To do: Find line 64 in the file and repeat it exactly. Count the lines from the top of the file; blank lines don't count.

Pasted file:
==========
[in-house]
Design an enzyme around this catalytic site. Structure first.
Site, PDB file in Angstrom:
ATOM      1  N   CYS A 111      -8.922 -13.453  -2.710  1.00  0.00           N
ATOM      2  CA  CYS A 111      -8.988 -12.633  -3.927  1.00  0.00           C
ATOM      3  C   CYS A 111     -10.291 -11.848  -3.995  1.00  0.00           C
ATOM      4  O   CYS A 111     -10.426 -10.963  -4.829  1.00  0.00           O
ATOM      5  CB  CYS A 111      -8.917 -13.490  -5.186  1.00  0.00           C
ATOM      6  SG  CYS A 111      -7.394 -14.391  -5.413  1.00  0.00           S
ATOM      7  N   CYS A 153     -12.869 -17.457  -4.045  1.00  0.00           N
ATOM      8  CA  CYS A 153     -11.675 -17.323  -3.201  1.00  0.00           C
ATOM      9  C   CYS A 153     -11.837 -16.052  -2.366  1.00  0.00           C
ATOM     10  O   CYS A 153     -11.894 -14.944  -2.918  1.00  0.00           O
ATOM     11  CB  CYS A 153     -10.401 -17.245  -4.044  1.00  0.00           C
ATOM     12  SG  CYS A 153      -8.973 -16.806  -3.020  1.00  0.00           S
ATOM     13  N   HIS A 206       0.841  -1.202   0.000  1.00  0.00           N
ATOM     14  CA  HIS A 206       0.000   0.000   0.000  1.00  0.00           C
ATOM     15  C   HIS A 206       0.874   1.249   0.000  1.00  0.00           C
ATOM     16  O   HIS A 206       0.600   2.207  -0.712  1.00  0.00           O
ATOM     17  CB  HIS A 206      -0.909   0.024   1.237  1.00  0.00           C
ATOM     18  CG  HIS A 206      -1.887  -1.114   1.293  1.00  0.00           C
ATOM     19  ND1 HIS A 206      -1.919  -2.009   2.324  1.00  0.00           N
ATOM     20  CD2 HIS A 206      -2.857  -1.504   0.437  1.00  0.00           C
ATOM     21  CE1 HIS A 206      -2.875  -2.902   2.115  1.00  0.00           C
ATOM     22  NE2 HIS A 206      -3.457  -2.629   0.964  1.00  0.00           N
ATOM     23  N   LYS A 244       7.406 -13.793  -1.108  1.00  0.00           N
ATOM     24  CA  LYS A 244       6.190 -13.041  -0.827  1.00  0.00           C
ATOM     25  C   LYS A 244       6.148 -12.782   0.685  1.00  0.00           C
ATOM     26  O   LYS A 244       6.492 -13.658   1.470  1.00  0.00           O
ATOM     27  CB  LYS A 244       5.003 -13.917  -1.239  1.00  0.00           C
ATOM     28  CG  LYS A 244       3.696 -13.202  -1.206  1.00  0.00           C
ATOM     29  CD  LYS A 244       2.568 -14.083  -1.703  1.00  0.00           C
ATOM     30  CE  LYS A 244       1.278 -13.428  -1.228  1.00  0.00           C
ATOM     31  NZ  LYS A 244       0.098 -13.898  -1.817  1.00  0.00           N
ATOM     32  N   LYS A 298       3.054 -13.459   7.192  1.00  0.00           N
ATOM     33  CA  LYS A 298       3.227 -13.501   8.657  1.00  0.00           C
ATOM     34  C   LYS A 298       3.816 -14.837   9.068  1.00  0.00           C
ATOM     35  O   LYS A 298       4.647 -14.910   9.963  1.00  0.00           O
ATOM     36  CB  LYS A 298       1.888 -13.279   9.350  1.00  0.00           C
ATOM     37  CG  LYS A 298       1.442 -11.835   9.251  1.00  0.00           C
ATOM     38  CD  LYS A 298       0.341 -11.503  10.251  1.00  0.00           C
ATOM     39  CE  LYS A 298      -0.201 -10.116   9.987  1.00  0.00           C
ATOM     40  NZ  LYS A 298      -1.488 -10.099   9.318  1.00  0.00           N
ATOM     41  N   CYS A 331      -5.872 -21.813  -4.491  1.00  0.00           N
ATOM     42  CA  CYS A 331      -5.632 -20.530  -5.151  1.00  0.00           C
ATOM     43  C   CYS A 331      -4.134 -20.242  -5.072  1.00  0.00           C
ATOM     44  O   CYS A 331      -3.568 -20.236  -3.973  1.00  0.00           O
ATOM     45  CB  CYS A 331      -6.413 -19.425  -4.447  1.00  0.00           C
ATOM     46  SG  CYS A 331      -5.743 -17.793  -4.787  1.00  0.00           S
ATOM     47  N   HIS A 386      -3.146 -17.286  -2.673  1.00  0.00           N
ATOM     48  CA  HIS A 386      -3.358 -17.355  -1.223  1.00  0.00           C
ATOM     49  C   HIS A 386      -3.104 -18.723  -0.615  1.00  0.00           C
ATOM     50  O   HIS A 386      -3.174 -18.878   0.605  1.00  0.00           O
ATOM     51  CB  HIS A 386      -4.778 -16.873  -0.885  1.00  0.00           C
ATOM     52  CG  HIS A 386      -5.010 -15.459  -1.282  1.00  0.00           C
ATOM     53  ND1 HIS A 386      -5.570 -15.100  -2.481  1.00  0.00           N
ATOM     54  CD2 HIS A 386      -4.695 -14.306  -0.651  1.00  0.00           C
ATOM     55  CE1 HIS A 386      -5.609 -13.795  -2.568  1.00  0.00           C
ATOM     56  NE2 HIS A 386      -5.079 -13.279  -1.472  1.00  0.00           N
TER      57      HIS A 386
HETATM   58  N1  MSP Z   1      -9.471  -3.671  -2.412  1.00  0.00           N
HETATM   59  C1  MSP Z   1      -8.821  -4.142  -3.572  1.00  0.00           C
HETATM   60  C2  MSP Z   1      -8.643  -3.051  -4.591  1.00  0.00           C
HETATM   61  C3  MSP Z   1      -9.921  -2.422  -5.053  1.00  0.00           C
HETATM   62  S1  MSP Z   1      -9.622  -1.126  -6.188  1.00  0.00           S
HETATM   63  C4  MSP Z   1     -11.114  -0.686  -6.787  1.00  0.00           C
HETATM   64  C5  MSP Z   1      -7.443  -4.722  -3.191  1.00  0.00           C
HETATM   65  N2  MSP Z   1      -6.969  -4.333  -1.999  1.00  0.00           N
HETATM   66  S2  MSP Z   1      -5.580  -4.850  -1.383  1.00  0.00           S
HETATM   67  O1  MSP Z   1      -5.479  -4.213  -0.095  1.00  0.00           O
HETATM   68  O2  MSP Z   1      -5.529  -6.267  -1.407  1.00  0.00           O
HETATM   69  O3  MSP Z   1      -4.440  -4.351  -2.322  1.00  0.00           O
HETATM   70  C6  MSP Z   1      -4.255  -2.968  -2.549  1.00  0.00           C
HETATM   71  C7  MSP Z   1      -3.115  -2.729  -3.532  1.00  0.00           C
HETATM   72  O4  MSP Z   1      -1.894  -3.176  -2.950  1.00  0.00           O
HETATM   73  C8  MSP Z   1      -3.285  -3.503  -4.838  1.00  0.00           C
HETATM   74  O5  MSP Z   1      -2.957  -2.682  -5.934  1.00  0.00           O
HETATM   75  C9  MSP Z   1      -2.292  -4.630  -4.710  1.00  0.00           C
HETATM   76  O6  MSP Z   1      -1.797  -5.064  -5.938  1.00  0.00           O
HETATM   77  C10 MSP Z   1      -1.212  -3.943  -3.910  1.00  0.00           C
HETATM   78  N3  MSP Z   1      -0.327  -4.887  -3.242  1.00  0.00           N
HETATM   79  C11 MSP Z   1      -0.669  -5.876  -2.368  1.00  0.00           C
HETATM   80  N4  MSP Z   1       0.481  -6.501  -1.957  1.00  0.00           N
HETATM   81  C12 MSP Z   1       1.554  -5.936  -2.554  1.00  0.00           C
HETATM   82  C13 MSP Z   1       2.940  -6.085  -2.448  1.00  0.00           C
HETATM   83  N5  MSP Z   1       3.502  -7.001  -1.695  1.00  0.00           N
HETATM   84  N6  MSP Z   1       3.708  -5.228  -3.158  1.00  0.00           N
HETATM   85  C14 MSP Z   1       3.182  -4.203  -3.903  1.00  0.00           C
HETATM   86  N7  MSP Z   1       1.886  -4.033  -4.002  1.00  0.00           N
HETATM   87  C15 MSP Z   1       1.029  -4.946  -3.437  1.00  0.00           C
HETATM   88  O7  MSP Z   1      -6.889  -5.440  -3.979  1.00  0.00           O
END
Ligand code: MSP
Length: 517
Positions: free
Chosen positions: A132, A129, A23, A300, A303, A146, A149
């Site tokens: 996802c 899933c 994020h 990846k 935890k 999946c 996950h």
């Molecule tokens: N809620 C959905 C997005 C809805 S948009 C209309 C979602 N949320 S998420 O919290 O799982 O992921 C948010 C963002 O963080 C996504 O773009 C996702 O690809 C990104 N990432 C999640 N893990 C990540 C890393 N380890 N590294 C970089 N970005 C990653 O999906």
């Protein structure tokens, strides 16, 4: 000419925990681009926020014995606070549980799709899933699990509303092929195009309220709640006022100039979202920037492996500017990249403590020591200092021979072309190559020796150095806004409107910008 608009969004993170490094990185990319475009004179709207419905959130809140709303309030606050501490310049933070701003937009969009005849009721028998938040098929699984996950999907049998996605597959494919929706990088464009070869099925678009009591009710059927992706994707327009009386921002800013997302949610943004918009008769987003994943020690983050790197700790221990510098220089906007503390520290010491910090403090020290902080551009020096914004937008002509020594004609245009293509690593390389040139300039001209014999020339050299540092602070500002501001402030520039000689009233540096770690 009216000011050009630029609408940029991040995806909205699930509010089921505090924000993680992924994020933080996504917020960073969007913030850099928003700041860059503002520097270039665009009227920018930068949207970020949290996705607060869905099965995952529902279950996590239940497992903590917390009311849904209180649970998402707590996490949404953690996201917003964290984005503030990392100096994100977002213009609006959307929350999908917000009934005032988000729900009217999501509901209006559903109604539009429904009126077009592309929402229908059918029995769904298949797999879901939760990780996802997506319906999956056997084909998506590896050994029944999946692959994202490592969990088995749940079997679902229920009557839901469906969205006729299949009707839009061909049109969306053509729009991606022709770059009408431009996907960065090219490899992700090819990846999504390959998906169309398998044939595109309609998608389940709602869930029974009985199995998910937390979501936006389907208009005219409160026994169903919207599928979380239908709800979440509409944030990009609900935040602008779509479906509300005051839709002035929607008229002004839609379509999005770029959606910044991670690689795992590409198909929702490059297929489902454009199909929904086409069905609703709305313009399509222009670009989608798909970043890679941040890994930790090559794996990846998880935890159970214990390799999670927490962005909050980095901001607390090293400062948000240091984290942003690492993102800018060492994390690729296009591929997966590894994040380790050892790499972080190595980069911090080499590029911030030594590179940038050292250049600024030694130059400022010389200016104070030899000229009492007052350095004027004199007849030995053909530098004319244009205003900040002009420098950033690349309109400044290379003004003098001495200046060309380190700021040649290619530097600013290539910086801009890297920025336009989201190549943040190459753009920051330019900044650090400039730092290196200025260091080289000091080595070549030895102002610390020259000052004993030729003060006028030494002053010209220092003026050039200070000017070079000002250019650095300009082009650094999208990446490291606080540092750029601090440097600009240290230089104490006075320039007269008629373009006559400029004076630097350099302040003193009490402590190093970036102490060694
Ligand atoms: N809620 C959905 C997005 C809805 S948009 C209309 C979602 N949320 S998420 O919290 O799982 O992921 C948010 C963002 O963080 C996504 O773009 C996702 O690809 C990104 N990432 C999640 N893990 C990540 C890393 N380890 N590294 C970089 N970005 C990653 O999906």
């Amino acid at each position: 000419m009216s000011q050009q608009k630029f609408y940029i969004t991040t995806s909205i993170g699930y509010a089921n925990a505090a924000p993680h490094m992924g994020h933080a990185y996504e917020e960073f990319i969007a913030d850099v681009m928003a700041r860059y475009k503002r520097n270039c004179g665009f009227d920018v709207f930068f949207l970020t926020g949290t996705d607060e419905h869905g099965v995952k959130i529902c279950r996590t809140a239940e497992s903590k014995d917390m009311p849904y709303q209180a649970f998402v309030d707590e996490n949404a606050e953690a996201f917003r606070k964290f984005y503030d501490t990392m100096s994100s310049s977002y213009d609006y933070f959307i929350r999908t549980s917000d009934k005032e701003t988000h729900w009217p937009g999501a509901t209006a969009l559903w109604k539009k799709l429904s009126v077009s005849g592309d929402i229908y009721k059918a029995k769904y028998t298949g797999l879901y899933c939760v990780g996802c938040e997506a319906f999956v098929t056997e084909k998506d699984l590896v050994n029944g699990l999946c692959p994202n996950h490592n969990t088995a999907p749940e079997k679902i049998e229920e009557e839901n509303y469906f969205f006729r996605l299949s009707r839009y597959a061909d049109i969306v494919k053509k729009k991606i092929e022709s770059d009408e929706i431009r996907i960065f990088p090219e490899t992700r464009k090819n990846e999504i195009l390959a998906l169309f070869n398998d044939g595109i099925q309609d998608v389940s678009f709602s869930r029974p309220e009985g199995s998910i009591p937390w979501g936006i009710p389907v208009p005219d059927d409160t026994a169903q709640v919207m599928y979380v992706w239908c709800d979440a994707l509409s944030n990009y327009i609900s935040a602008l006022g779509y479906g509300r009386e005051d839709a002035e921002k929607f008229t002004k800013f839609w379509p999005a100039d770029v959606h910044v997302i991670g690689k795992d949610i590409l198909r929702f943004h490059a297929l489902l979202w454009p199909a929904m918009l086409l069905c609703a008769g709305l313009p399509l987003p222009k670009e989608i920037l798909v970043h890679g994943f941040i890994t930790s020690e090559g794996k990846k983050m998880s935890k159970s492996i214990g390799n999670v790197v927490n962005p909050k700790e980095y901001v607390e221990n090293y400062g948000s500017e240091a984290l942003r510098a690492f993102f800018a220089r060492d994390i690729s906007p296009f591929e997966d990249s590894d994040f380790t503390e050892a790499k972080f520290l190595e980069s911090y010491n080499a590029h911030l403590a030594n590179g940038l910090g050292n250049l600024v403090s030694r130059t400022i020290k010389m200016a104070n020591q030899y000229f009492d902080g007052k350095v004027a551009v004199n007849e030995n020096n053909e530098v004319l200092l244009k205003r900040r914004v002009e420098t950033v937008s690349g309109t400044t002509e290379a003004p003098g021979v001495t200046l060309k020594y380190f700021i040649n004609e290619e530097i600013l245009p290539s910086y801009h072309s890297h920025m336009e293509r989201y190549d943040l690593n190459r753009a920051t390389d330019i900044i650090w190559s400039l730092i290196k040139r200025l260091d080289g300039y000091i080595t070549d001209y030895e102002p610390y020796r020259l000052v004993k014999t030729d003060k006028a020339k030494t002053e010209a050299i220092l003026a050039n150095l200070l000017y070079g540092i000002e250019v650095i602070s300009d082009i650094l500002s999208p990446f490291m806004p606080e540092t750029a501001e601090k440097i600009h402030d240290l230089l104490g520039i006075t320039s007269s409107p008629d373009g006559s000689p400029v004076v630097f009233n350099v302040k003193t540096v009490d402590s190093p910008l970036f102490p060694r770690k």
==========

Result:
HETATM   61  C3  MSP Z   1      -9.921  -2.422  -5.053  1.00  0.00           C